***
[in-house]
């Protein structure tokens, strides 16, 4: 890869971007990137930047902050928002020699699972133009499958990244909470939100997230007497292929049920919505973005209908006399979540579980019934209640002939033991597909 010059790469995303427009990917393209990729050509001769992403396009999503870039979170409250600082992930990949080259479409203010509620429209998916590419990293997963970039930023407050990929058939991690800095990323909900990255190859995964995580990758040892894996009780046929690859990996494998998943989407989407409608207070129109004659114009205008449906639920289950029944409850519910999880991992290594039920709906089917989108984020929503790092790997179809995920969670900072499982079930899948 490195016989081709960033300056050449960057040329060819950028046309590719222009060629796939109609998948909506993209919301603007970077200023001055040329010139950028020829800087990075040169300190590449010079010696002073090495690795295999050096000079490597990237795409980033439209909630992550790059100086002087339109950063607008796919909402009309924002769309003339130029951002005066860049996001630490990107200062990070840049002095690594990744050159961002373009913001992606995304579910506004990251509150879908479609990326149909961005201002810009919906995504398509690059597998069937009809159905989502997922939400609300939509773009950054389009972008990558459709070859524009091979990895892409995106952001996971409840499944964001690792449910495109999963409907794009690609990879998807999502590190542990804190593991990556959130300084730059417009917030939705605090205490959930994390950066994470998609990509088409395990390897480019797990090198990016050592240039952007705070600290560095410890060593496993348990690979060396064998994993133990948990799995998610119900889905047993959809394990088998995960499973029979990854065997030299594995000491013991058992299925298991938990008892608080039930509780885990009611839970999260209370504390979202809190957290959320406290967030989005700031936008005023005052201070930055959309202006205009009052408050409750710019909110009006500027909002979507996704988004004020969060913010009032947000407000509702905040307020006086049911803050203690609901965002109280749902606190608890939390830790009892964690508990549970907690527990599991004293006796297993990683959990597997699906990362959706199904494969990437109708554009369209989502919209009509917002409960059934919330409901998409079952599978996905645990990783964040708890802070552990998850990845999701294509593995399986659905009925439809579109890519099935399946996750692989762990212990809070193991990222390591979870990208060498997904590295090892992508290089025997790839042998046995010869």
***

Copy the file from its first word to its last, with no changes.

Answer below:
[in-house]
């Protein structure tokens, strides 16, 4: 890869971007990137930047902050928002020699699972133009499958990244909470939100997230007497292929049920919505973005209908006399979540579980019934209640002939033991597909 010059790469995303427009990917393209990729050509001769992403396009999503870039979170409250600082992930990949080259479409203010509620429209998916590419990293997963970039930023407050990929058939991690800095990323909900990255190859995964995580990758040892894996009780046929690859990996494998998943989407989407409608207070129109004659114009205008449906639920289950029944409850519910999880991992290594039920709906089917989108984020929503790092790997179809995920969670900072499982079930899948 490195016989081709960033300056050449960057040329060819950028046309590719222009060629796939109609998948909506993209919301603007970077200023001055040329010139950028020829800087990075040169300190590449010079010696002073090495690795295999050096000079490597990237795409980033439209909630992550790059100086002087339109950063607008796919909402009309924002769309003339130029951002005066860049996001630490990107200062990070840049002095690594990744050159961002373009913001992606995304579910506004990251509150879908479609990326149909961005201002810009919906995504398509690059597998069937009809159905989502997922939400609300939509773009950054389009972008990558459709070859524009091979990895892409995106952001996971409840499944964001690792449910495109999963409907794009690609990879998807999502590190542990804190593991990556959130300084730059417009917030939705605090205490959930994390950066994470998609990509088409395990390897480019797990090198990016050592240039952007705070600290560095410890060593496993348990690979060396064998994993133990948990799995998610119900889905047993959809394990088998995960499973029979990854065997030299594995000491013991058992299925298991938990008892608080039930509780885990009611839970999260209370504390979202809190957290959320406290967030989005700031936008005023005052201070930055959309202006205009009052408050409750710019909110009006500027909002979507996704988004004020969060913010009032947000407000509702905040307020006086049911803050203690609901965002109280749902606190608890939390830790009892964690508990549970907690527990599991004293006796297993990683959990597997699906990362959706199904494969990437109708554009369209989502919209009509917002409960059934919330409901998409079952599978996905645990990783964040708890802070552990998850990845999701294509593995399986659905009925439809579109890519099935399946996750692989762990212990809070193991990222390591979870990208060498997904590295090892992508290089025997790839042998046995010869």